A deadly car bombing claimed by the Islamic State group hit US-backed forces in eastern Syria on Thursday as they tried to negotiate the release of civilians trapped in the jihadists’ last sliver of territory.
The Syrian Democratic Forces (SDF) are working towards evacuating civilians remaining in the holdout, so they can finish off the dying ISIS “caliphate” either through an assault or a surrender deal.
The jihadists overran large parts of Syria and neighboring Iraq in 2014, but several offensives have retaken all but half a square kilometer (a fifth of a square mile) of their territory in the eastern Syrian village of Baghouz.
A spokesman for the US-led coalition fighting ISIS said international forces “continue to support the SDF as they negotiate having innocent civilians released” and their captured fighters returned.
As the SDF pressed the last ISIS diehards, a car bomb killed 14 oil workers and six of the Kurdish-led alliance’s conscripts near the Omar oil field that it uses as its main base in the region, the US-backed group and a monitor said.
ISIS claimed responsibility for the blast on Telegram, saying its fighters had planted and detonated the explosive-laden car.
SDF spokesman Adnan Afrin said the explosion in the village of Shheel, some 100 kilometers (60 miles) north of Baghouz, was another example of ISIS cells attacking its fighters behind the front line.
“This is what we’ve been talking about in the past… about sleeper cells trying to impede our progress in Baghouz,” he said.
A day after hundreds of people were evacuated from the last ISIS remnant, more than 50 trucks on Thursday returned near empty from Baghouz to SDF territory, an AFP correspondent said.
“We couldn’t enter Baghouz,” said a man who had accompanied the convoy.
“We got to an SDF point and we found around 15 people – women and children including a French woman and an Egyptian woman. We took them,” he said.
“The fighters asked us to go back tomorrow at 8 am.”
Thousands of people have escaped ISIS territory in recent weeks, but the flow slowed to a trickle at the weekend, before Wednesday’s first batch of evacuees.
Paul Bradley, from the Free Burma Rangers volunteer group, said people fleeing painted a grim picture of life inside.
“They showed us this bread that’s basically mashed up wheat with water burnt on both sides, $16 a kilo,” he said.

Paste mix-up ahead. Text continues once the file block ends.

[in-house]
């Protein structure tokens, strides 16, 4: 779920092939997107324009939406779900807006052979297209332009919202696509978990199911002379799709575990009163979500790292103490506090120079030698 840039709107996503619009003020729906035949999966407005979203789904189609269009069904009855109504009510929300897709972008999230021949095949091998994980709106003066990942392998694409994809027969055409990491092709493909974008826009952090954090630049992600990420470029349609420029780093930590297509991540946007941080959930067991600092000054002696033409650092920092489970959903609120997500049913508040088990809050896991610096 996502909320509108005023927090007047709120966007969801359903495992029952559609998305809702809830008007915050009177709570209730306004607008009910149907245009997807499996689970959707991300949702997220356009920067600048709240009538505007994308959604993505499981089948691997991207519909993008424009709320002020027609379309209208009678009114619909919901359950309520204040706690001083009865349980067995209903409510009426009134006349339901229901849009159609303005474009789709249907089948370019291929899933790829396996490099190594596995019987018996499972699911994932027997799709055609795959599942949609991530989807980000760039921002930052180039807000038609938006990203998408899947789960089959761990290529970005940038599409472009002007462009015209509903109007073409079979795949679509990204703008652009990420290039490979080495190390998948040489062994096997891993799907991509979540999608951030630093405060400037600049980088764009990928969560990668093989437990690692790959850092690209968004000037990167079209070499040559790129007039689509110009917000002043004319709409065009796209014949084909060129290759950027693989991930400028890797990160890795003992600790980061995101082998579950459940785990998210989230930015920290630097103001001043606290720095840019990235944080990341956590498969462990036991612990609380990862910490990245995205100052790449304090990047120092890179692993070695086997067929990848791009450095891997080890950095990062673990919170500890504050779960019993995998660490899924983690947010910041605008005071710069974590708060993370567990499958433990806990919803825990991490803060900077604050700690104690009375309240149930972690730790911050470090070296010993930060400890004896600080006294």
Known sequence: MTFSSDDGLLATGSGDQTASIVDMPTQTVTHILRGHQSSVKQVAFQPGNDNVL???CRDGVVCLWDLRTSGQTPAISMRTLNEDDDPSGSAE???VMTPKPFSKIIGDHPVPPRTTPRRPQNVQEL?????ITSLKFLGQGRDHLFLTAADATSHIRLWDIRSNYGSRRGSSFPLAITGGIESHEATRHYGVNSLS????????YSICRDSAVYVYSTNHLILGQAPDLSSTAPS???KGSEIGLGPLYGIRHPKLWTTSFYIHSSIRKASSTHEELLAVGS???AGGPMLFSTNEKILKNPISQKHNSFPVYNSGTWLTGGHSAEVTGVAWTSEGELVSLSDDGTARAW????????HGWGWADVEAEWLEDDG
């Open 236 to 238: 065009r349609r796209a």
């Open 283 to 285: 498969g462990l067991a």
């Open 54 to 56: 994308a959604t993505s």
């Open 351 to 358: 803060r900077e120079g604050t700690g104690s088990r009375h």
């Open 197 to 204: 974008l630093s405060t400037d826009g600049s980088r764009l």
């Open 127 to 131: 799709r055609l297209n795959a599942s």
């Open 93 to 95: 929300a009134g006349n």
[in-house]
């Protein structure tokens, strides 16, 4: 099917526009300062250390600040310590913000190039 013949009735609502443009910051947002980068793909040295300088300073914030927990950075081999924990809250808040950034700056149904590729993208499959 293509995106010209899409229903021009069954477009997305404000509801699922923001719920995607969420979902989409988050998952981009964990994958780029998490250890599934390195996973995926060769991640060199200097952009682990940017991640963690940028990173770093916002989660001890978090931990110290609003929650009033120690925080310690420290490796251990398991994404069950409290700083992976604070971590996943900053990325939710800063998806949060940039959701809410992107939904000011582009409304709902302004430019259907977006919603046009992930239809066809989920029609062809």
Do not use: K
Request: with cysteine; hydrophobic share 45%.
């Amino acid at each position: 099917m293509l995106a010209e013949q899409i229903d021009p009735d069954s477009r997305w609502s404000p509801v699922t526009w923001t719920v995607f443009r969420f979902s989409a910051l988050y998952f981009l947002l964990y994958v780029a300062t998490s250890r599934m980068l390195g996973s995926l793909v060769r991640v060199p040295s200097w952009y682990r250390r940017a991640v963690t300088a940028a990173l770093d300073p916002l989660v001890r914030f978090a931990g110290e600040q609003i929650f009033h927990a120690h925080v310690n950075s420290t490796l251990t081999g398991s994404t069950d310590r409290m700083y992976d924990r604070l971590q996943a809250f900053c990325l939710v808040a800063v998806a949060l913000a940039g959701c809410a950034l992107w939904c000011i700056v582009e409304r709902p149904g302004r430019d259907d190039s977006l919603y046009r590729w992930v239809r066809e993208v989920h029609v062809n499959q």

SDF spokesman Afrin said most of those trucked out on Wednesday were civilians, but they also included ISIS fighters.
On Thursday, the AFP reporter saw hundreds of people waiting in a screening area where the SDF have been questioning new arrivals in recent weeks, to separate out suspected jihadists from the civilians.
The Syrian Observatory for Human Rights, a Britain-based war monitor, said Wednesday that negotiations were being held “for the surrender of the last ISIS fighters”.
It said there were “reports of a deal” but the details were unclear.
French jihadist ‘killed’
At the height of its rule, ISIS imposed its brutal ideology on a territory roughly the size of the United Kingdom, attracting thousands of supporters from abroad.
But the jihadists have since lost almost all their territory, and hundreds of foreigners suspected of being ISIS fighters, as well as related women and children, are being held by the SDF.
Other foreign members have been killed.
A top French jihadist, who voiced an audio recording claiming responsibility for the November 2015 attacks in Paris, was killed in an overnight airstrike, security sources told AFP on Thursday.
Fabien Clain, who is believed to have gone to Syria in March 2015, was killed in Baghouz, they said.
Across the border, security officials in Iraq said the SDF handed over 130 Iraqi jihadists to Baghdad on Thursday, but SDF spokesman Mustefa Bali denied the claim.
Syria’s Kurds have long demanded the repatriation of foreigners accused of belonging to ISIS in their custody, but their home countries have been reluctant.
US President Donald Trump said Wednesday he was barring a US-born former ISIS propagandist from returning home from Syria, where the conflict has killed more than 360,000 people and displaced millions since 2011.
Secretary of State Mike Pompeo said the diplomatic status of the father of Alabama woman Hoda Muthana meant she was not a US citizen.
It came after a lawyer for the family of Shamima Begum, 19, who fled London to join the jihadists when she was 15 said Britain was revoking her citizenship.
In Washington, the White House said it would keep around 200 troops in Syria after Trump’s pullout for an unspecified period.
The announcement comes amid criticism of Trump’s decision to withdraw around 2,000 troops from Syria by April 30, with members of his own Republican Party blasting the move.